I used the term "dumped" because it was not on this families enrollment application. They listed 5 schools and Rogers was not one of them. The district did a mandatory assignment to the only under subscribed school in the cluster. In my book that's getting "dumped". A mandatory assignment to a school that's not on your enrollment application is equivalent to being "dumped" in my book. Rogers is the lowest performing school in the cluster, and is simply not competetive with Bryant, Wedgewood, View Ridge, Laurelhurst. You can make it what you will but you are still in a school that you didn't choose, that for whatever reason you did not think would fit your childs needs. The earlier poster is right, in that once there, most families tend to be OK with the school, and some wind up really liking it. But that doesn't change my original point that choice is a farce.

Anonymous said...

I'm having a difficult time figuring out how to post a link, but if you go to Oregonlive.com and search "school boundaries" you will find an interesting article called "If shopping for a school, just redraw the map"

It's relating to Portland and some controversy as to how the boundaries are currently drawn - anyway, an interesting read because it made me wonder how controversial the results of the School boards "guaranteed assigned school" by neighborhood will be.

Jet City mom said...

http://www.pps.k12.or.us/schools-c/
boundaries/index0708.php

Pretty cool you can type your address in and it tells you what school
The elementary that is closest to my daughter who lives in se Portland, is an Arts focus, has 3 all day Ks, plus before and after care.

http://www.pps.k12.or.us/schools-c/
profiles/?id=837

Charlie Mas said...

I think that Choice works as well as it can be reasonably expected to work. Just because some people do not get their first or second choice does not mean that Choice doesn't work.

"My point was that choice is not working for many families. As I said in my earlier post..unless you live in the reference area of a "popular" school, you are not going to get in. So how is choice benefiting you?"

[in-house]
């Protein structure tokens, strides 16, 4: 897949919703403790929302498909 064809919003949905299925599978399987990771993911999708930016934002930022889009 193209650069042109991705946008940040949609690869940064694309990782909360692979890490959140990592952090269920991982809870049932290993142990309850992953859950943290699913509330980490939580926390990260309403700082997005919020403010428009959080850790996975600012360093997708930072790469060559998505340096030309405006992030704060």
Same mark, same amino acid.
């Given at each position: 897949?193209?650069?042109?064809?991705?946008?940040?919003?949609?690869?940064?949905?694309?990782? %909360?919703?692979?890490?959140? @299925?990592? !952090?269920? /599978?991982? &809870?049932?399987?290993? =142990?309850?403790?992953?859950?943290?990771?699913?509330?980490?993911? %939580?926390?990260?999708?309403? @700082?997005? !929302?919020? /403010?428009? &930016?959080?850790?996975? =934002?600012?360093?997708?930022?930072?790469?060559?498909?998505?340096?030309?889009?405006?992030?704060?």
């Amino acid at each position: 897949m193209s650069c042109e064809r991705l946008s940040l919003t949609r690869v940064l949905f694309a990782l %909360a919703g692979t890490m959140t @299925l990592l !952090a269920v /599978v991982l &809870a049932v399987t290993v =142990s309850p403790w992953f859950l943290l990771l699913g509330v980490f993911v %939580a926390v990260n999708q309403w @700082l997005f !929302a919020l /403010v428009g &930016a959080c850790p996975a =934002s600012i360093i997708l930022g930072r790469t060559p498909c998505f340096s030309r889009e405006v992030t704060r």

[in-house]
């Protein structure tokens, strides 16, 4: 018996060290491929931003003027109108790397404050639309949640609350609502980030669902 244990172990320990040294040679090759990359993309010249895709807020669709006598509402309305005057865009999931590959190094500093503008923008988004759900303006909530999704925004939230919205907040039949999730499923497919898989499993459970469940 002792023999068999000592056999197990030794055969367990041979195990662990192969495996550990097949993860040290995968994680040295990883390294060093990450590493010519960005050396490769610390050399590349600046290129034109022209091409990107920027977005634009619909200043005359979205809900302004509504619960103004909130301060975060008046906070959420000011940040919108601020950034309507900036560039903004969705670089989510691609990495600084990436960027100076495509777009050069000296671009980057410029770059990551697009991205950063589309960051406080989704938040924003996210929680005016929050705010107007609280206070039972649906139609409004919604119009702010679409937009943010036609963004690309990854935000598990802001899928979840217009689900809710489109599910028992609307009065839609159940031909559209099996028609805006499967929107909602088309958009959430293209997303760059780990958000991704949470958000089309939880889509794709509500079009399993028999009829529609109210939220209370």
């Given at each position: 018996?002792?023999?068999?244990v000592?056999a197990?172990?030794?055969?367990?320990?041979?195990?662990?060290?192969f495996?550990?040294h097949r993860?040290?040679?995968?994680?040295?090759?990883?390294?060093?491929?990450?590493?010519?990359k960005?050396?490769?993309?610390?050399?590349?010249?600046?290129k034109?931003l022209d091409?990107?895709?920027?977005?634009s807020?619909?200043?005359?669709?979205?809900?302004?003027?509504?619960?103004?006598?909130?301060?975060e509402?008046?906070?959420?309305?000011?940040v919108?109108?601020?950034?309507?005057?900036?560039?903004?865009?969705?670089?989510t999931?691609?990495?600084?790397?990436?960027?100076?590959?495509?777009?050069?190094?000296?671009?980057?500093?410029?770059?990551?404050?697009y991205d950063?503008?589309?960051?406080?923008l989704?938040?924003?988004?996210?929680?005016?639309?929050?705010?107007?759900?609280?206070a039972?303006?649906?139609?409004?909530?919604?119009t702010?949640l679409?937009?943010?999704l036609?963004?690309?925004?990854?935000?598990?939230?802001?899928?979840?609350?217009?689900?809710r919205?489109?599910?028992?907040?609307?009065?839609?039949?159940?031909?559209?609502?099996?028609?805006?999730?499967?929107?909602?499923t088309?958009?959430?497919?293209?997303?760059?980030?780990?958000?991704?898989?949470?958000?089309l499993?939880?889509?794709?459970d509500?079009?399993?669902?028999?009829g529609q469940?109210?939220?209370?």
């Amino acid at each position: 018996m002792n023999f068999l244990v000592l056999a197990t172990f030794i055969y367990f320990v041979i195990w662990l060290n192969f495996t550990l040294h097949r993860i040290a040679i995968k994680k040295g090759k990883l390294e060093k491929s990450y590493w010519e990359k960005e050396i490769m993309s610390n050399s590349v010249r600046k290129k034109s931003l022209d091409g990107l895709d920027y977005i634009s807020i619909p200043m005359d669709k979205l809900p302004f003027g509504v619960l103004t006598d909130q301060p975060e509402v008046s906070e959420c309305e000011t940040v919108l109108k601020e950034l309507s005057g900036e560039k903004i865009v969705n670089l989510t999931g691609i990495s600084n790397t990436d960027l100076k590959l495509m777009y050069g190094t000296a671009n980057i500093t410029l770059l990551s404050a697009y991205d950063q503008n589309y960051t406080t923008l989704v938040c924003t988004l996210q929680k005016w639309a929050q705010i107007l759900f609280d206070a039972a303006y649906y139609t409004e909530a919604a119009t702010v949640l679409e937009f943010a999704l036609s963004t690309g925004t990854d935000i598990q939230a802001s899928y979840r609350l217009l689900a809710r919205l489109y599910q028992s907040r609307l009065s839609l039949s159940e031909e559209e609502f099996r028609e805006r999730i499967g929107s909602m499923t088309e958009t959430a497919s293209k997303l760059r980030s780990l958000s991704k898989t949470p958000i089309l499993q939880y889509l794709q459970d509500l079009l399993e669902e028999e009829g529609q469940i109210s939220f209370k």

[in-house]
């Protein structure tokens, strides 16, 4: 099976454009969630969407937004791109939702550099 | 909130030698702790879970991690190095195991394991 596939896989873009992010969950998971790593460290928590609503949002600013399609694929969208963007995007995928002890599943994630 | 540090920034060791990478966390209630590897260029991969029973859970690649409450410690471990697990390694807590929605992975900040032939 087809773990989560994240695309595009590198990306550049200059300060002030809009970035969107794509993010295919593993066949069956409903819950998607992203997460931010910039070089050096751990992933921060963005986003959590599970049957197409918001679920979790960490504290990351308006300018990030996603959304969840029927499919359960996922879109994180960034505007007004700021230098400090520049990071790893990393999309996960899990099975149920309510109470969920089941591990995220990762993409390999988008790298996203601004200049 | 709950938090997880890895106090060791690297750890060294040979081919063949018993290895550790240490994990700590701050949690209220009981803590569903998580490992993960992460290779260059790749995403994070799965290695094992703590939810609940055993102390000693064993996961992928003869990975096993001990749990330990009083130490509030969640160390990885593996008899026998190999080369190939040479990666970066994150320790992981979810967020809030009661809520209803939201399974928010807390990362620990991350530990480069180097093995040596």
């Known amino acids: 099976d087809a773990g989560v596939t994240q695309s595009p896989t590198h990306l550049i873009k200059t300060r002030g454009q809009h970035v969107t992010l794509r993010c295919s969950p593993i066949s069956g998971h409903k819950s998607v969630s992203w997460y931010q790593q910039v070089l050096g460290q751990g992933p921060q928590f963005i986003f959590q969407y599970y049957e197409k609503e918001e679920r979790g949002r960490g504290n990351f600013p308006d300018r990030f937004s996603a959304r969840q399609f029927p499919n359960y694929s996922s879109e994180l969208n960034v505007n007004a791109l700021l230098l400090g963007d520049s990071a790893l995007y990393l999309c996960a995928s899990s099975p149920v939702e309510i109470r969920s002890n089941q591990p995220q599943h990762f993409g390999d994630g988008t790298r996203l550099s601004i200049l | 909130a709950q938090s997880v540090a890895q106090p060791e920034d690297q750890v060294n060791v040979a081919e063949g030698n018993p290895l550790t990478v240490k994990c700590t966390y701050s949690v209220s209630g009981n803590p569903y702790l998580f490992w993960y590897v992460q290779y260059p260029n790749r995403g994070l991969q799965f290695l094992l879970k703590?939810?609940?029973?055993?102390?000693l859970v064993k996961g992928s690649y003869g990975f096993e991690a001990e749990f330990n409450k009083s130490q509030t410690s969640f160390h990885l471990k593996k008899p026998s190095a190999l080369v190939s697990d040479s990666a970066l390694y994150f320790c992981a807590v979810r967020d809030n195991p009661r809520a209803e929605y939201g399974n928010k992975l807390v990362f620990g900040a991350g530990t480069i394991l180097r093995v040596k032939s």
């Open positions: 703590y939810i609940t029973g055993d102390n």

Just because a person does not get into their first choice popular school, doesn't mean that Choice doesn't work and it doesn't mean that Choice didn't benefit you personally.

I think we all need to recognize that schools have finite capacity and that the District needs to apply some rational method of deciding which students are assigned to over-subscribed schools.

If you select a bunch of over-subscribed schools and a whole lot of other people live closer to those schools than you do, then you need to be realistic about your chances to gain entry to them. I'm not saying that you shouldn't list the school on your form if that is what you truly want, but recognize how this thing works and keep your expectations reality-based.

Finally, I think a lot of people are using Choice improperly. If your reference area school is able to meet your child's academic needs, then why in the world wouldn't you choose it? Because there is another school with higher test scores? That doesn't seem a proper reason to me. That's like choosing a mutual fund based exclusively on last year's return numbers without any other considerations. I know a lot of people do it that way, but that doesn't make it right or smart.

My children are now in APP, but they didn't start there. My eldest daughter first attended our reference area school for kindergarten. She qualified for Spectrum for the first grade and we had a talk with the teachers and principal at her school. They said that they would do their best, but that they were not set up to meet her academic needs in the same way that a Spectrum program would be. We didn't have confidence in the Spectrum program in our cluster nor did we care for some other elements of the school, so we chose Lafayette for her for the first grade. She was at Lafayette through the fourth grade and her sister was there for kindergarten through the second grade. They both qualified for APP that year and we moved them to Lowell for fifth and third grade.

Without Choice, they would have been at the Spectrum school for our cluster. Not only do I have serious doubts about the effectiveness of that Spectrum program, the school did not appeal to us in a number of other ways - the way they handled discipline issues, the culture of the school, etc. I recognize that my family's story is not typical, but it's not about what is best for me or my family. In all my years of advocacy, I have rarely - if ever - advocated for anything that would directly serve my children.

Let's not determine that Choice doesn't work because it cannot produce miracles. Let's have less negativity and more positive suggestions. How can Choice be improved?

Finally, I have never been to a PIC center (or whatever the District is calling them these days) but I sure have heard a lot of horror stories about what people are told at them. Yow!

Anonymous said...

What if you couldn't send you child to Lafayette for Spectrum? What if you had to go to your in cluster Spectrum school? What if all of the other involved families in you neighborhood also had to go to Lafayette, and couldn't simply move out of cluster? What if for many many years before your children went to this school, most of the other families in your neighborhood chose this school? The school would be a very different school, no? The culture, discipline issue etc., would all be different, no? They would have to be, because the school would reflect what the parents attending it wanted, no?

Charlie Mas said...